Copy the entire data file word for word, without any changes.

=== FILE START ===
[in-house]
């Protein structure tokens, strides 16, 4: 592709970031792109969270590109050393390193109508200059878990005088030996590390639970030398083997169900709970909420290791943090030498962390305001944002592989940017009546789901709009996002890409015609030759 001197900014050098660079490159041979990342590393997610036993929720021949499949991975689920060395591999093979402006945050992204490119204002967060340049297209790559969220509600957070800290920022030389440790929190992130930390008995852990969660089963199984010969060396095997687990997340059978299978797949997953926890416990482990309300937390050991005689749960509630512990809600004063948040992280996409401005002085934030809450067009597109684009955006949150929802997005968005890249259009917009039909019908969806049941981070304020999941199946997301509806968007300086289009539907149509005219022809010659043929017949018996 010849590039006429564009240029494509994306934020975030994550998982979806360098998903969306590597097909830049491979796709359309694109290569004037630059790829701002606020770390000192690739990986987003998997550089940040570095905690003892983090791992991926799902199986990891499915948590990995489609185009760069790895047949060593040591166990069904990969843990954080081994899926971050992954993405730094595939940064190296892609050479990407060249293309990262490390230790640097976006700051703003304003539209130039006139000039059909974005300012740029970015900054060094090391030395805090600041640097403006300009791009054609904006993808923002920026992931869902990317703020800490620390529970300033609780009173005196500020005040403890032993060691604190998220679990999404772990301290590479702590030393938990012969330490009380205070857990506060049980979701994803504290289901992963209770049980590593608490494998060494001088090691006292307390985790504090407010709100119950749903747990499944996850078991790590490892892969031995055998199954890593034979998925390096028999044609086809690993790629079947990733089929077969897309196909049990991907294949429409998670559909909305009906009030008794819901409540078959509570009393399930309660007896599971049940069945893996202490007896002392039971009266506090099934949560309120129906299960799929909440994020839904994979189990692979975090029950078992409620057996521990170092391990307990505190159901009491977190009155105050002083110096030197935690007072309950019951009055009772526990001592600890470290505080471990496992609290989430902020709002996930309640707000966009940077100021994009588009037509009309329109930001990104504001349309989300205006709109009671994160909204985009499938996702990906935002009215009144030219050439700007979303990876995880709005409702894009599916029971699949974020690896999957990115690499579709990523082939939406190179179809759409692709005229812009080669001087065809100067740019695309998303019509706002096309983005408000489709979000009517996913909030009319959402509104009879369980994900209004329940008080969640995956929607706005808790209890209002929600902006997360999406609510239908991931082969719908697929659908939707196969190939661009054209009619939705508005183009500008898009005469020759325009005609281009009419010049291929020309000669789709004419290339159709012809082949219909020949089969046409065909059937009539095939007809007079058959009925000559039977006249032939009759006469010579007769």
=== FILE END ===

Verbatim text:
[in-house]
């Protein structure tokens, strides 16, 4: 592709970031792109969270590109050393390193109508200059878990005088030996590390639970030398083997169900709970909420290791943090030498962390305001944002592989940017009546789901709009996002890409015609030759 001197900014050098660079490159041979990342590393997610036993929720021949499949991975689920060395591999093979402006945050992204490119204002967060340049297209790559969220509600957070800290920022030389440790929190992130930390008995852990969660089963199984010969060396095997687990997340059978299978797949997953926890416990482990309300937390050991005689749960509630512990809600004063948040992280996409401005002085934030809450067009597109684009955006949150929802997005968005890249259009917009039909019908969806049941981070304020999941199946997301509806968007300086289009539907149509005219022809010659043929017949018996 010849590039006429564009240029494509994306934020975030994550998982979806360098998903969306590597097909830049491979796709359309694109290569004037630059790829701002606020770390000192690739990986987003998997550089940040570095905690003892983090791992991926799902199986990891499915948590990995489609185009760069790895047949060593040591166990069904990969843990954080081994899926971050992954993405730094595939940064190296892609050479990407060249293309990262490390230790640097976006700051703003304003539209130039006139000039059909974005300012740029970015900054060094090391030395805090600041640097403006300009791009054609904006993808923002920026992931869902990317703020800490620390529970300033609780009173005196500020005040403890032993060691604190998220679990999404772990301290590479702590030393938990012969330490009380205070857990506060049980979701994803504290289901992963209770049980590593608490494998060494001088090691006292307390985790504090407010709100119950749903747990499944996850078991790590490892892969031995055998199954890593034979998925390096028999044609086809690993790629079947990733089929077969897309196909049990991907294949429409998670559909909305009906009030008794819901409540078959509570009393399930309660007896599971049940069945893996202490007896002392039971009266506090099934949560309120129906299960799929909440994020839904994979189990692979975090029950078992409620057996521990170092391990307990505190159901009491977190009155105050002083110096030197935690007072309950019951009055009772526990001592600890470290505080471990496992609290989430902020709002996930309640707000966009940077100021994009588009037509009309329109930001990104504001349309989300205006709109009671994160909204985009499938996702990906935002009215009144030219050439700007979303990876995880709005409702894009599916029971699949974020690896999957990115690499579709990523082939939406190179179809759409692709005229812009080669001087065809100067740019695309998303019509706002096309983005408000489709979000009517996913909030009319959402509104009879369980994900209004329940008080969640995956929607706005808790209890209002929600902006997360999406609510239908991931082969719908697929659908939707196969190939661009054209009619939705508005183009500008898009005469020759325009005609281009009419010049291929020309000669789709004419290339159709012809082949219909020949089969046409065909059937009539095939007809007079058959009925000559039977006249032939009759006469010579007769």